For any South Indian festival Payasam and Vada are the two must-haves. No festive feast is complete without these two. This dish dates back to the ancient times in Tamil cuisine. Yeah! A treasure it is. The recent weeks were /are full of religious celebrations at home. Aadi 18was last week and we have Aavani Aavatam and Krishna Jayanthi in the following weeks. So the whole month is packed and its raining treats at home. This is the perfect time for posting one of the common festive dishes and that which requires us to refer to a lots of tips and suggestions.
This might look like an easy recipe, just few ingredients, grind and fry but it takes a lot of patience and practice to perfect this. I cannot emphasize more about how important the batter is. Too much of water, spoils it and at the same time less water also spoils it. So what is the quantity eh ? That, really is difficult to measure as it depends on a number of factors. You might get the hang of it after a couple of times. You have to keep in mind that the batter should be very fluffy and creamy to get those crispy on the outside and soft inside Vadas.
Process shot for shaping the ulundu vadai
This is the Vada making station. A bowl of water and a plastic sheet is inevitable to shape these. Next time I will try to capture the entire process.
- 1 cup Urad Dal, husked black gram (split or whole)
- 3 to 4 small green chillies
- 3-4 curry leaves
- ¼ teaspoon asafoetida powder
- Salt to taste
Soak the dal in water for about 2 hours. Drain the water completely. Add the dal, chillies and curry leaves in a mixer. Grind until it is smooth. Check below notes for how to grind the vada batter.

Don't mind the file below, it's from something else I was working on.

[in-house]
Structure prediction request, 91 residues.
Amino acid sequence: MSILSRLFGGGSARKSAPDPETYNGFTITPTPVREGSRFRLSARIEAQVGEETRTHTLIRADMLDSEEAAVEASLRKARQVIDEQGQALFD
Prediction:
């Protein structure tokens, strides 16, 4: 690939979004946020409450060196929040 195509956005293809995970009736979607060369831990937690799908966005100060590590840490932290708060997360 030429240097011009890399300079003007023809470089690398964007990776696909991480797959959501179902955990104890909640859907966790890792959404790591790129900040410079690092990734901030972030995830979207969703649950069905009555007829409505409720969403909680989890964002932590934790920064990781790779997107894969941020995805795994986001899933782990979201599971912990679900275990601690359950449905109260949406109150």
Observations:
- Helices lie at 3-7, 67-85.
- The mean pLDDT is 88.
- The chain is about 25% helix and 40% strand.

- Add salt now. Check for taste and adjust.
Meanwhile heat the oil in a Kadai.
Wipe the plastic sheet with water. Take a heaped spoon and drop it in the sheet. With wet hands (fingers should be slightly wet and not dripping with water) shape it and make a hole in the centre.
- Check if the oil is hot. Drop a small batter and it should rise to the top slowly. Now, wet your hand again, take that from the sheet and gently slide it in oil.
- Turn and cook on both sides until it becomes golden brown.
- Drain it on a paper towel and serve it hot with chutney.
- While grinding the batter in a mixer grinder, grind it in intervals by sprinkling little water. Also you can wet your hands, wash the sides of the mixer in between pulses. This might help to limit excess addition of water.
- The ground batter should be fluffy and airy (creamy) but thick. The consistency of the batter plays a major role. If your batter is very thick the vadas will be hard and if it is very thin then it will be shapeless and very oily. Only with practice, you will get the perfectly shaped crispy vadas.
- Do not soak the urad dal for more hours. It might lose its potency and you will not get a fluffy light vada. Do not add water while grinding unless and until it is absolutely necessary to grind. If water content is excess or even slightly more, you will have a tough time shaping the vadas. Also it might absorb more oil while frying.
- Shaping vadas is an art. Only practice will yield a proper round vadas. So don't lose hope the first couple of times when you don't get it.
- Use a thin plastic sheet while shaping the vadas. Generally in India, we use milk covers or banana leaves. If you don't have access to either, use the sandwich ziploc bags.
- Wetting your hands at regular intervals while preparing this is very important. Otherwise the batter will stick to your hand, you will not be able to make the hole (trademark of vadas) or able to lift it off the sheet and slide it into the oil.
- The tricky part is that excess water will make the vadas oily. So keep that also in mind.
- Also add a little extra salt and chillies. When you taste the batter it should be slightly salty and spicy. When you fry, the spice level reduces.
- Refrigerating the batter for sometime before deep frying helps in making proper vadas.
- Add the salt at the end. Do not add while grinding, it will make the batter runny.